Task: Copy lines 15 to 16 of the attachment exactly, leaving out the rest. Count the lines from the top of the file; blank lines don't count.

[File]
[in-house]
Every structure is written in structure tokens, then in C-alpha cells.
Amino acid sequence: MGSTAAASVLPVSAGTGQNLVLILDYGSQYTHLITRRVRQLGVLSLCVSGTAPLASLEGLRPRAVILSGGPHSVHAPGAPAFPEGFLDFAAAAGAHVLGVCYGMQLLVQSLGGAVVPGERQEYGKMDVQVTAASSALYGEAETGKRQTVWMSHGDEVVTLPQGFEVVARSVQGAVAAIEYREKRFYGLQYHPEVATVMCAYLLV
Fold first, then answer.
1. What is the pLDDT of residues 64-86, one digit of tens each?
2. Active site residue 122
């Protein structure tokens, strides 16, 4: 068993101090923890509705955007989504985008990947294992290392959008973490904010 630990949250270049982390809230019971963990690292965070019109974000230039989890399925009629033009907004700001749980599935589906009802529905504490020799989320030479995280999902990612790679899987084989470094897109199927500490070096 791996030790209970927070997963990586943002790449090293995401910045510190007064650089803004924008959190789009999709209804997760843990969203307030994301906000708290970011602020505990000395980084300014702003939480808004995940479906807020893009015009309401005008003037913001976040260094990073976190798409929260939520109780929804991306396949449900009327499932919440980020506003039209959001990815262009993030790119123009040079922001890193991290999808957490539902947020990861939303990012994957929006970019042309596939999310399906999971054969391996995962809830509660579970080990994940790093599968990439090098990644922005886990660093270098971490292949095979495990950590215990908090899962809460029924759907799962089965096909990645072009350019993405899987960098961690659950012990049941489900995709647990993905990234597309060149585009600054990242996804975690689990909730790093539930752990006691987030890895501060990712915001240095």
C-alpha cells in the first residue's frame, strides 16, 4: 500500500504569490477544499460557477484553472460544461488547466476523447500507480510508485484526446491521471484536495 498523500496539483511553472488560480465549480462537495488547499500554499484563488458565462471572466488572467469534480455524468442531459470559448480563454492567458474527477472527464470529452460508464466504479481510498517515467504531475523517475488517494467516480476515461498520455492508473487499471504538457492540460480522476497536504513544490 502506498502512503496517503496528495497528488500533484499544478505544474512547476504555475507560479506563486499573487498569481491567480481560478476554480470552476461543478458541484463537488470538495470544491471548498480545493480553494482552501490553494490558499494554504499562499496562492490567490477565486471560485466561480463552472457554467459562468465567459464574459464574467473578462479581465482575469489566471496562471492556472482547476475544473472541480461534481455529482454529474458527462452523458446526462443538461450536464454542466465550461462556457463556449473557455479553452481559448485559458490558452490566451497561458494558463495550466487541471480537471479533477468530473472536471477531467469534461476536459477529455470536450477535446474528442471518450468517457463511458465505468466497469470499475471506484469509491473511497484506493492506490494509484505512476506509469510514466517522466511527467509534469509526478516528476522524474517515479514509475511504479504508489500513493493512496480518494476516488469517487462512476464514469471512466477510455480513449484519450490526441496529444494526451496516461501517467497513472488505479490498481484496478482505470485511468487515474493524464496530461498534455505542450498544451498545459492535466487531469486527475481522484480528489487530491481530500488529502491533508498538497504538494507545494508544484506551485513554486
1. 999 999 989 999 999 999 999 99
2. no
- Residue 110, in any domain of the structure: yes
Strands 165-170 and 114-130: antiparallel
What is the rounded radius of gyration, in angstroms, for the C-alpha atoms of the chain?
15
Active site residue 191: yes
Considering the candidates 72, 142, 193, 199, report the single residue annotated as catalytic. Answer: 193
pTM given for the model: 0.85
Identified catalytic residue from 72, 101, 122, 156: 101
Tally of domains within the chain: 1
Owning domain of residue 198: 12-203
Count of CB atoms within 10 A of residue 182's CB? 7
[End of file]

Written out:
Active site residue 191: yes
Considering the candidates 72, 142, 193, 199, report the single residue annotated as catalytic. Answer: 193